by Courtney Freer
Raphaël Lefèvre’s skilfully written and meticulously researched Jihad in the City traces the development of Harakat al-Tawhid al-Islami (Tawhid) in Tripoli in the early 1980s. The book makes a substantial historical contribution by uncovering the role of a largely understudied group that established an Islamic emirate in the city of Tripoli in Lebanon between 1982–1985. In addition, Lefèvre contributes to theoretical debates about the role of ideology in Islamist mobilisation, writing about a ‘spectrum of ideological commitment,’ which is helpful to understanding Islamists and to disentangling notions of Islamist groups either being homogeneously ideological or pragmatic.
He also engages with the importance of place and locality in the mobilisation of Islamist groups and contentious groups more broadly, focusing particularly on Tripoli as a place of lost glory, previously linked to Syria and in competition with Beirut after it was integrated into the French Mandate of Lebanon in the 1920s. The decision to detach Tripoli from Syria was seen as an ‘attack on the city’ (52), which helps to explain its long-held reputation as a rebel city and the rise of militant Islam within it.
Lefèvre’s book, written over the course of seven years of trips to Tripoli, showcases his extensive archival research and includes material from many interviews, demonstrating an admirable commitment to revealing the importance of place in the story of the development of Tawhid. Indeed, Lefèvre coins the phrase ‘neighborhood Islamism’ to note the importance of local concerns in Tripoli and the importance of the city itself as a space in which contentious politics were likely to emerge. Indeed, decades before the rise of Tawhid, Bab al-Tebbaneh had housed ‘revolutionary Marxists and rebels of all stripes,’ securing its status as Tripoli’s ‘stronghold of contention’ (89). By situating the rise of Tawhid solidly within the space of Tripoli, Lefèvre demonstrates ‘the ways in which social, rebel and terrorist movements can use the physical, symbolic and social dimensions of space to root themselves in some localities’ (153). He also shows the mechanisms through which former Marxists turned to Islamism over time due to the appeal of these ideologies as ‘protest ideologies’ (154) while recognising the importance of ‘ideological entrepreneurs’ in using ideology to mobilise support.
Lefèvre further notes throughout the book that the role of ideology in contentious politics is not homogeneous across a single group, an important observation that debunks a great deal of existing scholarship about whether ideology or pragmatism drives Islamists. As Lefèvre explains, ‘Tawhid’s case therefore shows the need to go beyond the assumption of ideology’s influence over movements and, instead, to grasp the mechanisms through which it affects their behavior’ (472). He also describes the ways in which Tawhid featured a broad ‘spectrum of ideological commitment’ (472), with a small number of ‘ideological entrepreneurs’ serving as the main ideologues producing and promoting Tawhid’s materials as the group grew.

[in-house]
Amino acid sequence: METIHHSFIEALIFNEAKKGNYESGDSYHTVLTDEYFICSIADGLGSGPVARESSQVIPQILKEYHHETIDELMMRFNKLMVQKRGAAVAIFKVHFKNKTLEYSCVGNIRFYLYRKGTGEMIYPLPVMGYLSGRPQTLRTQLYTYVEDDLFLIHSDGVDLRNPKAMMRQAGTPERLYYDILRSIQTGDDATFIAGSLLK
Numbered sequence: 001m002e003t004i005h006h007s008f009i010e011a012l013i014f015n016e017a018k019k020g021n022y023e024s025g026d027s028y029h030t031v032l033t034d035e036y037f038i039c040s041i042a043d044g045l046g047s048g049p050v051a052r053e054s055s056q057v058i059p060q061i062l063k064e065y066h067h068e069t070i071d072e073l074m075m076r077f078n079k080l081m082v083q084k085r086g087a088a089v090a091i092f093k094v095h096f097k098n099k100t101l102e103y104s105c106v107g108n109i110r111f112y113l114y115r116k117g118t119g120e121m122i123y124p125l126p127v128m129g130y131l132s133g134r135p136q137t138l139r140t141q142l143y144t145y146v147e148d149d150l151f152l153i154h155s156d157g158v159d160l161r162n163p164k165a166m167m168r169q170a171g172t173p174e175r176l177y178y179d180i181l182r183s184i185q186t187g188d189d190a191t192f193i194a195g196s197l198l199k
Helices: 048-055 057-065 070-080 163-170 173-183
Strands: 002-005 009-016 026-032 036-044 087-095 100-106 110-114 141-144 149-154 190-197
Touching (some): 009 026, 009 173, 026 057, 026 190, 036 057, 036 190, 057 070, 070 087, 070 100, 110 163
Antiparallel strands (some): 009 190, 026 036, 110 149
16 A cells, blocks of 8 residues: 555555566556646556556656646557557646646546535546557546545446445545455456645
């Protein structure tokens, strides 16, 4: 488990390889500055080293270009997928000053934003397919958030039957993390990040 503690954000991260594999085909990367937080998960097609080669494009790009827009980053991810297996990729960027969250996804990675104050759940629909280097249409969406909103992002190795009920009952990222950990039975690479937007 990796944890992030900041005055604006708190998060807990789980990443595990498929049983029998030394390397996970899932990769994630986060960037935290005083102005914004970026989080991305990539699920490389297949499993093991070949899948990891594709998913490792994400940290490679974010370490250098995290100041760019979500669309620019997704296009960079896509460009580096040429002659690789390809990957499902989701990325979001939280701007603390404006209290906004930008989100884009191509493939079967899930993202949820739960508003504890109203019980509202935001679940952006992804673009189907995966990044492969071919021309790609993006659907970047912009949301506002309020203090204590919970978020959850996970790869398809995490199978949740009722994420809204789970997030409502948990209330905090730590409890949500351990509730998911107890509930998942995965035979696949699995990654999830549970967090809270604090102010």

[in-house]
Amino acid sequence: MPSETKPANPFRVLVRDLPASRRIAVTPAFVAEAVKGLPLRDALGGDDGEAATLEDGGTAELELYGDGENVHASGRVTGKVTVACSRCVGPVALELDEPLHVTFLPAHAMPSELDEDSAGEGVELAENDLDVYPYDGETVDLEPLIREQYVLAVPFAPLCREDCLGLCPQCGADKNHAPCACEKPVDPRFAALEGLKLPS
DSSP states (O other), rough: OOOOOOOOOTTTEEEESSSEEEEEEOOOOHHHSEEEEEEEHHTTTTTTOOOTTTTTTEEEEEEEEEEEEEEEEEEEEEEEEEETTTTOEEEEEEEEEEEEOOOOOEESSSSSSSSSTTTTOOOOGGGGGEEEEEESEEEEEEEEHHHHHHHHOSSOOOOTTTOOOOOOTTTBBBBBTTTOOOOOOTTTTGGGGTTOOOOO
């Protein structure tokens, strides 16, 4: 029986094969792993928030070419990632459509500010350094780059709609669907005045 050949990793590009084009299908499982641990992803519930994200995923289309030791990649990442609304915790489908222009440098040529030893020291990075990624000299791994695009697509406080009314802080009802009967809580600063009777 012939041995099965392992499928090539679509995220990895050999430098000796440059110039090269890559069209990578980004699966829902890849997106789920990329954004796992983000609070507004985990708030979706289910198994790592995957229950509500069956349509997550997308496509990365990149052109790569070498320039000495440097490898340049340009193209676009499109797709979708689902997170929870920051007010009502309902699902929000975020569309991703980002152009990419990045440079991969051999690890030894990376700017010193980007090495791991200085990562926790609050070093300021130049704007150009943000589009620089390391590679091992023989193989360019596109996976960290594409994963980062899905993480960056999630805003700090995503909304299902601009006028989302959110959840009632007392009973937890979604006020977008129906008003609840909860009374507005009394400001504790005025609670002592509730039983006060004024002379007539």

Tawhid, in addition to having an ideological message, also explicitly engaged with the space in which it operated, in particular focusing on local concerns of the poor (306). As a result, Lefèvre highlights that there was a spectrum of ideological commitment, with members drawn to the group for a variety of reasons, rather than uniformly motivated by ideology as is often presumed. Tawhid also engaged in ideologically driven violence for a variety of reasons, undermining the notion that ‘religious violence’ is always strictly driven by ideology.
And for as much as Lefèvre situates Tawhid within its local context, he also assesses its relationships across borders, adding to the limited scholarship on Islamist groups’ foreign policies. In so doing, he traces how relations with Fatah and Iran became less ideological and more transactional over time, reflecting the ways in which differing levels of ideological commitment within an organisation can drive its policies (413).
Lefèvre describes the eventual crackdown on Tripoli and demise of Tawhid through Syrian repression as a means of ‘spatial repression,’ which effectively reduced the ability of group mobilisation. Indeed, this crackdown effectively converted Tripoli’s ‘stronghold of contention’ into a ‘repressed space’ where the costs of mobilisation were too high for Tawhid members (468).
Most importantly, in my view, Lefèvre points out that Tawhid could be at once distinctly Tripolitan as well as committed to a jihadist ideology and could include members who joined the group for a variety of reasons. As he explains,
What it truly gave rise to was a “neighborhood Islamism” more guided by local concerns and solidarities than ideology. Similarly, as the movement was prepared to embody “subaltern Islamism” in order to court Tripoli’s urban poor by providing a conduit for their socio-political revolt, they dragged it into a “social jihad” which was as, if not more, driven by older social tensions than ideology. And finally, Tawhid drew on criminal networks and practices, which allowed it to vastly increase its resources but simultaneously turned it into a vehicle for “Islamo-gangsterism,” or a type of behavior systematically prioritizing economic gains over ideological consistency. (16)
While many scholars have seen these as mutually exclusive, Lefèvre using the case study of Tawhid demonstrates the extent to which different motivations for Islamist mobilisation can and often do coexist.
Jihad in the City is an important contribution to the history of Tripoli and of Lebanon more broadly, as well as a substantial theoretical work that will inform future scholarship related to Islamism and contentious politics in the Middle East for years to come.